By Olivia Arezzolo
When it comes to our health, sleep is everything. Put simply, it's a non-negotiable biological function essential for life.
When we clock up eight hours or more, our morning alarm can feel like a gentle reminder that it’s time to start the day. Whereas on the nights where we don’t get enough shut-eye, that same alarm can feel like an unwelcome shock to the system.
Sleep affects everything from our memory to our cognitive function, stress levels, emotional wellbeing and even our skin health. Here, Australia's Leading Sleep Expert Olivia Arezzolo explains the vital processes our body goes through during the wee hours of the night—plus, how to sleep better, starting tonight.
Is There A Connection Between Sleep And Skin Health?
Yes, definitely. Sleep is critical for skin health due to its relationship with collagen, and it’s preceding catalyst, human growth hormone (hGh). Specifically, Research shows 70% of human growth hormone (hGh) is produced in slow wave (deep) sleep. This means that with deep sleep, comes hGh, then comes collagen, then comes youthful, supple, smooth skin.
Furthermore, a clinical study found good sleepers have a 30% higher skin recovery rate after UV exposure, compared to poor sleepers.
We All Know How Good It Feels To Wake Up After A Restful Night Of Sleep. Why Sleep Is So Important For Our Body And Overall Health?
For our physical energy levels, sleep is vital. As noted above, 70% of hGh is produced in deep sleep, which is not only responsible for skin health, but repair of every single cell in the body. Thus, with inadequate repair time, you are likely to wake feeling worn out and exhausted.
Mentally, during deep sleep our brains detoxify from beta amyloid, a neurotoxin that can otherwise contribute to brain fog, memory loss, and long term, Alzeihmer's disease. After only one night of insufficient sleep, this can increase by 5%, let alone weeks, months or years of inadequate sleep.
Lastly, emotionally, after one night of insufficient sleep, stress hormone cortisol can increase up to 37%, leaving us feeling wired, anxious and on edge.
However, this extends further to our wellbeing too. For example:
- We are four times more likely to catch a cold when we are sleeping six hours rather than seven
- Sleeping less than five hours a night, long-term, increases our risk of cardiovascular disease by 45%
- Sleeping less than five hours increases our risk of developing type two diabetes by five times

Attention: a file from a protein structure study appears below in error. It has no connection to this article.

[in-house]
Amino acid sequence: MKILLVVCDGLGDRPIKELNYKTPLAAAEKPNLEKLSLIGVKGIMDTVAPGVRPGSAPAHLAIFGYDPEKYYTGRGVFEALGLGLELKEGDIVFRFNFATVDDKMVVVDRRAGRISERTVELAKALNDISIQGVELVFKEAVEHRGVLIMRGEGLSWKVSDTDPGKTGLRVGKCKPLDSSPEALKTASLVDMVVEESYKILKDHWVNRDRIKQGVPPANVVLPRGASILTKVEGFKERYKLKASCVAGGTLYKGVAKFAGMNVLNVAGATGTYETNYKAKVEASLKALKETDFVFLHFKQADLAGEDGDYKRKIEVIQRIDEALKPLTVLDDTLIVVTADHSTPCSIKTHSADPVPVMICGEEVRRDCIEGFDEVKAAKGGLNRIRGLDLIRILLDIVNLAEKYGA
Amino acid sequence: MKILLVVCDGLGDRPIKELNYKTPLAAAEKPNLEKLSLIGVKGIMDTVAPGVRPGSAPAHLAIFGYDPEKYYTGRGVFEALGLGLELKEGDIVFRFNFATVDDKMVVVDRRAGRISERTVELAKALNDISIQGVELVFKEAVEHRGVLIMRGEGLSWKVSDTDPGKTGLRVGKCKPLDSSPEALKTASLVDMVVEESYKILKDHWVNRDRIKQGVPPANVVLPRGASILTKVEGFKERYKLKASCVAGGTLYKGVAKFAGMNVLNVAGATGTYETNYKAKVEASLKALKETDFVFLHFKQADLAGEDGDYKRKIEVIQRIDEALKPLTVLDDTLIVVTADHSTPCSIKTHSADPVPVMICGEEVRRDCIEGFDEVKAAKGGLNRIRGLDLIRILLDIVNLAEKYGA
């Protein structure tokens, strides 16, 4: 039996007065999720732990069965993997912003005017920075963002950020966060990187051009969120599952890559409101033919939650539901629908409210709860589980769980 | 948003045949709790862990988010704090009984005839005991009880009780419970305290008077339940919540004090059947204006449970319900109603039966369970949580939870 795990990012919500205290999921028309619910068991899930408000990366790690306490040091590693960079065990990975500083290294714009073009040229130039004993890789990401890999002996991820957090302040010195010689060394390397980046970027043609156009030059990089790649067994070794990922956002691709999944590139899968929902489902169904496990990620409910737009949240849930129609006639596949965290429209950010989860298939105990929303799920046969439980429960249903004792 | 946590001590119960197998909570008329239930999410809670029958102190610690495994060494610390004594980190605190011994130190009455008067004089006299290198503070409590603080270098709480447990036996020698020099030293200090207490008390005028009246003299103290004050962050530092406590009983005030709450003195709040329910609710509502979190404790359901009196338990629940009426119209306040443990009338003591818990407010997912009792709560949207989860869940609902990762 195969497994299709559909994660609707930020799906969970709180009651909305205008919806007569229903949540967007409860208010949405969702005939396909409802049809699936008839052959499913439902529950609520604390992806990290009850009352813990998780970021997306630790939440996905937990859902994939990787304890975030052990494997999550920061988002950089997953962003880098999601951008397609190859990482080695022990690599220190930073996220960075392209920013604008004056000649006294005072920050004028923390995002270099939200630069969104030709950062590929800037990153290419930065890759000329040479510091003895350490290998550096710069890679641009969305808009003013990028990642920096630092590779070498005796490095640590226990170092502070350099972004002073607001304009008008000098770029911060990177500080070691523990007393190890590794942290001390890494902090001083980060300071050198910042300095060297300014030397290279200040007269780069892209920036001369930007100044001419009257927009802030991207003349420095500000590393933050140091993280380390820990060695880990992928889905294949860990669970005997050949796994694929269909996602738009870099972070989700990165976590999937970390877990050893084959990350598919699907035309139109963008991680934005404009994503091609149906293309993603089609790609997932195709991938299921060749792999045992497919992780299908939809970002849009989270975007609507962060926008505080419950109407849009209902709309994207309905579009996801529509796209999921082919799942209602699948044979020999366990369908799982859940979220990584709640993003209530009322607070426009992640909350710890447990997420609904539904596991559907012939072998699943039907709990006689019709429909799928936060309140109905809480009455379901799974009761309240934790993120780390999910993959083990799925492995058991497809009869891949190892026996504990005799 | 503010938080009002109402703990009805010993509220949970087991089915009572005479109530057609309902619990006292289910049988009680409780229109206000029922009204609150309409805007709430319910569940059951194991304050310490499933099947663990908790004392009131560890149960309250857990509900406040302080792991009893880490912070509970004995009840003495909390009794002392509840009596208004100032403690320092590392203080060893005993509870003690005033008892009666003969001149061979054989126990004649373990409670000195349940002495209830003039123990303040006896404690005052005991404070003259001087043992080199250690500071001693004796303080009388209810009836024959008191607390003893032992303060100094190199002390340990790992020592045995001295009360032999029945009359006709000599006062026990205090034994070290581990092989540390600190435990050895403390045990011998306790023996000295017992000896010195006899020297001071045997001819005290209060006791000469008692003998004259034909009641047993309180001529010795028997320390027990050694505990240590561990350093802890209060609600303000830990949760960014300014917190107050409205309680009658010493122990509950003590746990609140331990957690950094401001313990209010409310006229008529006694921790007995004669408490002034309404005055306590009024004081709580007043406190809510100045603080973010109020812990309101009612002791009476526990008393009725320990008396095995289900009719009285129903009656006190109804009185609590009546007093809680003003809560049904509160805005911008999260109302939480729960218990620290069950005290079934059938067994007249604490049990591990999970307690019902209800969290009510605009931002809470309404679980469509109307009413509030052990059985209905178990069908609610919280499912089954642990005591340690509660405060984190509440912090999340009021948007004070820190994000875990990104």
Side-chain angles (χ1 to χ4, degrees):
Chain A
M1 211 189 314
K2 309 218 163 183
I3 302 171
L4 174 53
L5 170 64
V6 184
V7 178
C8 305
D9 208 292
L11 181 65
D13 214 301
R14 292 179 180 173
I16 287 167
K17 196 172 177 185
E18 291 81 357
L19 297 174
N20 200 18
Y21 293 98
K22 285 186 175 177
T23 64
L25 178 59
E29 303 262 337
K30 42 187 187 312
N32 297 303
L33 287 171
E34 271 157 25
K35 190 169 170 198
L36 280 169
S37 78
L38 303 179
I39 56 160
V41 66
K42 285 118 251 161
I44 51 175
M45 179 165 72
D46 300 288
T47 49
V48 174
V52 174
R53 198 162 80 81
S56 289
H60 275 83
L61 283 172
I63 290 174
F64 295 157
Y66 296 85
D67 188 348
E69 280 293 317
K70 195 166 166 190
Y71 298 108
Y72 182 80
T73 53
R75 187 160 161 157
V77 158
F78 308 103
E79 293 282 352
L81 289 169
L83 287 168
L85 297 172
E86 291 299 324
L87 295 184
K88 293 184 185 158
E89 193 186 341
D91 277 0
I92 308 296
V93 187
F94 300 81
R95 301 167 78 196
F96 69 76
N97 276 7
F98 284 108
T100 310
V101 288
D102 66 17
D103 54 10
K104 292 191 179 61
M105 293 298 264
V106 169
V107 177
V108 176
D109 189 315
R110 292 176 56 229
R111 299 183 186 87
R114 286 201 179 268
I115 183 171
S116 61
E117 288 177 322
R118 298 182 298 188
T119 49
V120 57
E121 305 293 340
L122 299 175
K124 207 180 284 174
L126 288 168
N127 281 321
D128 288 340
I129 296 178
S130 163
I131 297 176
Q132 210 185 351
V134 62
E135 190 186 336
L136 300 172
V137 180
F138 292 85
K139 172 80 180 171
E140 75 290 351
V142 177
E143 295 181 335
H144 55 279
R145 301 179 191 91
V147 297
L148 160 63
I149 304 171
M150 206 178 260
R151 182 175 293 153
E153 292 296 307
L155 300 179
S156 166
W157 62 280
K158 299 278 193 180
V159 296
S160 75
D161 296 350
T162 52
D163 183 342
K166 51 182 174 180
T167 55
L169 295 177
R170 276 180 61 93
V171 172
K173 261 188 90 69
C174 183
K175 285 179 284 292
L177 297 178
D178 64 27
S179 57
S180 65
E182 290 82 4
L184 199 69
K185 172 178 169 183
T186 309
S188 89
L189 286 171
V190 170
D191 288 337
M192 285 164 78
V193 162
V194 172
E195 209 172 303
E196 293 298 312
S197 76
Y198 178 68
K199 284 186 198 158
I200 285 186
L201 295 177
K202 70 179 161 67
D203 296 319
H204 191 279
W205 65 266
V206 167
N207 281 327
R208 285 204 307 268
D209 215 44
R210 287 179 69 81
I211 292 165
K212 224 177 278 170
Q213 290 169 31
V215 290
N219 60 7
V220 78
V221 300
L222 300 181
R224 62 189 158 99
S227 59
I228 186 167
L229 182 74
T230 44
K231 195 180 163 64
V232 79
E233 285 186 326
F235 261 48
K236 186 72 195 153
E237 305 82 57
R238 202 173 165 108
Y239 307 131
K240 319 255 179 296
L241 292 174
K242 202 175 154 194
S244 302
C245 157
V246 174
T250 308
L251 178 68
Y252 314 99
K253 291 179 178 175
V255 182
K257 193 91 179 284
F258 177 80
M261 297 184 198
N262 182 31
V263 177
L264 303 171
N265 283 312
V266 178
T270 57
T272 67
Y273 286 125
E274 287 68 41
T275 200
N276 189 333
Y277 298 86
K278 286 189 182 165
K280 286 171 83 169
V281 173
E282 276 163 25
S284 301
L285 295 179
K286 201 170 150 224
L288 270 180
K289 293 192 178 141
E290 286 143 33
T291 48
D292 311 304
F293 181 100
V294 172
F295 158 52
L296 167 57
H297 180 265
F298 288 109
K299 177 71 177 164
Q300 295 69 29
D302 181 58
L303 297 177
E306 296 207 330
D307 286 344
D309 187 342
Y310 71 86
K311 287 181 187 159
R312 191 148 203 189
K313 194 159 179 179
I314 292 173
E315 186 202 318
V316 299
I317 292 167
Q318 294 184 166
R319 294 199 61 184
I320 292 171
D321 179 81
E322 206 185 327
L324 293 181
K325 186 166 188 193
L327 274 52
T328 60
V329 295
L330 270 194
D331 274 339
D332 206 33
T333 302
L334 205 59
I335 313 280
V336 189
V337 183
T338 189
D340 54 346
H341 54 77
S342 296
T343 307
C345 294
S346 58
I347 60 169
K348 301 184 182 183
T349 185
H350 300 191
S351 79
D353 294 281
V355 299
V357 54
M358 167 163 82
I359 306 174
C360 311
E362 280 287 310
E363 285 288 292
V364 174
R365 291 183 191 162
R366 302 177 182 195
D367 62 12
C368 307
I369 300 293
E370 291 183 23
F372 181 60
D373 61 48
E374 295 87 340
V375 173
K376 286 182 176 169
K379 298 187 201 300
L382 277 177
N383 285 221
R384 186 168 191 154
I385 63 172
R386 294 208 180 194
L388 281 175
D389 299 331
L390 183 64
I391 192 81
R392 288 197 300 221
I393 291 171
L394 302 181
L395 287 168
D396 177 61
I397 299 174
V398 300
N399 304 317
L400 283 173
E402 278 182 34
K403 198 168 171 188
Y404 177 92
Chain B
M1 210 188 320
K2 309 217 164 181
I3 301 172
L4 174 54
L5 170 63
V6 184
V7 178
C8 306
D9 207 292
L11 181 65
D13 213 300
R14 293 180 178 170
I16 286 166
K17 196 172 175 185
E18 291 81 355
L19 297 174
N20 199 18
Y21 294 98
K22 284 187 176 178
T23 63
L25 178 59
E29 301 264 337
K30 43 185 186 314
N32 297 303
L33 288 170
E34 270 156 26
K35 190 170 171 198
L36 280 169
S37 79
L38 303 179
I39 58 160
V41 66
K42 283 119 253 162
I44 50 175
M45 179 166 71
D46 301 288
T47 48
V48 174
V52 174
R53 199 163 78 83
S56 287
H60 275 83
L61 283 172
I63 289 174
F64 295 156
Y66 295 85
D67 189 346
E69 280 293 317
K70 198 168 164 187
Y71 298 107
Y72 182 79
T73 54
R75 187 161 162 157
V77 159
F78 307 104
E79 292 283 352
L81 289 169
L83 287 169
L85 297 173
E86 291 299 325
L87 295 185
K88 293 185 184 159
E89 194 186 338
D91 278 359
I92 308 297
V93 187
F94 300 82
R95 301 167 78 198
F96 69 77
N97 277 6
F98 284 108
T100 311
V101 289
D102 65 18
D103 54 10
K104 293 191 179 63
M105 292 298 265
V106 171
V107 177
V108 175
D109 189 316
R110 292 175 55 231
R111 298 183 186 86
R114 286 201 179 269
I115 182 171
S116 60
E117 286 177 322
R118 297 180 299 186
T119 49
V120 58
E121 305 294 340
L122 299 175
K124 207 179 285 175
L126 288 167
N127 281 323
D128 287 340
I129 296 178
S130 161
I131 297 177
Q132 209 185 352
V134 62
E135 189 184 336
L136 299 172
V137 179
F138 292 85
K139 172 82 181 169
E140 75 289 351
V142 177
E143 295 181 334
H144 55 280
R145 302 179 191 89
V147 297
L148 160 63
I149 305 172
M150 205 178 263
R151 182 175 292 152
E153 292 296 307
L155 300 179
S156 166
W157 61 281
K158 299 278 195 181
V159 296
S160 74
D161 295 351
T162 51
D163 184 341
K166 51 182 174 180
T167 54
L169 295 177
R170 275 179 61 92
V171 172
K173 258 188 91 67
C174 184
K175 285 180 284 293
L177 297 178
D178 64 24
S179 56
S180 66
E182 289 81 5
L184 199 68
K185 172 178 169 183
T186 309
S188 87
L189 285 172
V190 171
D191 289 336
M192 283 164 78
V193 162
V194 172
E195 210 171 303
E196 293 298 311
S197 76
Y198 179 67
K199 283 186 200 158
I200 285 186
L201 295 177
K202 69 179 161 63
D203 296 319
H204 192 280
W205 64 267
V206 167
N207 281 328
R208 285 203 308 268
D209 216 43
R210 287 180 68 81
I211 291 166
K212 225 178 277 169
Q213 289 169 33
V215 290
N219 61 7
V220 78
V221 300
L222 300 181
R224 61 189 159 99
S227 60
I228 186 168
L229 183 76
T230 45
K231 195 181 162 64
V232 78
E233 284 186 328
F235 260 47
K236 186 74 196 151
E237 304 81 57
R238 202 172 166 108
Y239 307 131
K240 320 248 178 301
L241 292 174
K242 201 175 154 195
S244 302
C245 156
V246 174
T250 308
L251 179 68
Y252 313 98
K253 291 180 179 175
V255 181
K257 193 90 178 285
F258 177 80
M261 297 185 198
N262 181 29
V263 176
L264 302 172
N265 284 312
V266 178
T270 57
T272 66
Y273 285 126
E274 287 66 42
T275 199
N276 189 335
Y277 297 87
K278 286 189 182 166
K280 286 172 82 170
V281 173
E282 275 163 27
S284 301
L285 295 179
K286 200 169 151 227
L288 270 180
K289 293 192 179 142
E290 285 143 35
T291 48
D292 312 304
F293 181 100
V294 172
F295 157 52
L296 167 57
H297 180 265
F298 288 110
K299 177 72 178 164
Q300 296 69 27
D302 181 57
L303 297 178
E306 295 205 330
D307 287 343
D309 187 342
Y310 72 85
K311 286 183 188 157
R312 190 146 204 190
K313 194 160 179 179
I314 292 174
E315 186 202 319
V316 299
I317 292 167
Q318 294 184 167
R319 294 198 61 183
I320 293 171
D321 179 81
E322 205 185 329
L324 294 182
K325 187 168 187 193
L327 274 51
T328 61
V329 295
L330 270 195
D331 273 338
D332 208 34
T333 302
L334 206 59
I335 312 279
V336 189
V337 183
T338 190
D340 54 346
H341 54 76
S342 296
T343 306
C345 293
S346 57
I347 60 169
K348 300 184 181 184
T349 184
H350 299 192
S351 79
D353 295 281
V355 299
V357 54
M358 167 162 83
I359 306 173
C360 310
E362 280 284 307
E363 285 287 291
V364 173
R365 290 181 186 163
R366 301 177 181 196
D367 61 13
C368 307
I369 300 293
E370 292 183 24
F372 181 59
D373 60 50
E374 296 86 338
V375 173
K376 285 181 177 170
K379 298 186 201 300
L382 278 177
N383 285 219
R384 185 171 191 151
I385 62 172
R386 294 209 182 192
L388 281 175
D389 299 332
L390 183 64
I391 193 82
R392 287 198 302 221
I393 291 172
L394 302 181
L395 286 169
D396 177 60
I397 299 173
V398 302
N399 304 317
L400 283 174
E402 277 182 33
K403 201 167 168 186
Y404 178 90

- We are more likely to have a road accident as 20% of all fatal accidents in Victoria are attributed to driver fatigue, and it’s four times more likely to cause an impairment than drugs or alcohol
- In the case of insomniacs, those with chronic sleep loss are 17 times more likely to have an anxiety disorder, and 10 times more likely to suffer depression.
For Anyone Who Struggles To Drift Off, What Can They Do To Improve Their Quality Of Sleep?
I have a signature bedtime routine which, when used in private practice, 100% of my private clients have seen improvements in their sleep in less than seven days.
The routine looks like this:
- Block out blue light a minimum two hours before bed. In the presence of blue light, our sleepiness hormone melatonin is suppressed, making it harder to fall and stay asleep. Perspectively, a 2020 study found those wearing blue light-blocking glasses were able to fall asleep 79% faster, compared to a group wearing placebo (fake) glasses.
- Take lavender capsules. A 2010 study published in academic journal Phytomedicine noted that lavender oil capsules could improve sleep quality by 45%, and reduce anxiety by 59%, making it an ideal option for those who can’t switch off in the evening.
- Disconnect from tech. A 2012 study found that being on your phone in the last hour before bed increases the likelihood that you’ll take over an hour to fall asleep by 48%. Make it easy for yourself by having an alarm that reminds you to disconnect, and label this alarm ‘sleep better’.
- Take a shower. By emerging from a steamy shower to a cooler bathroom, your core body temperature drops and sleepiness hormone melatonin is produced, as noted by a 2019 study lead by The University of Texas at Austin. Ideally, this is one hour before bed too.
- Take a magnesium-based sleep supplement. A 2017 paper by The University of Leeds highlighted magnesium could reduce anxiety by 31% which can otherwise contribute to restless, light sleep.
- Read. A 2009 study by the University of Sussex found this can reduce stress by 68%, with the effects starting in just six minutes. Naturally, my book recommendation has to be my own: Bear, Lion, or Wolf.
- Wear an eye mask. Remember, blocking out light is the number one way to improve your sleep, and that includes through the evening.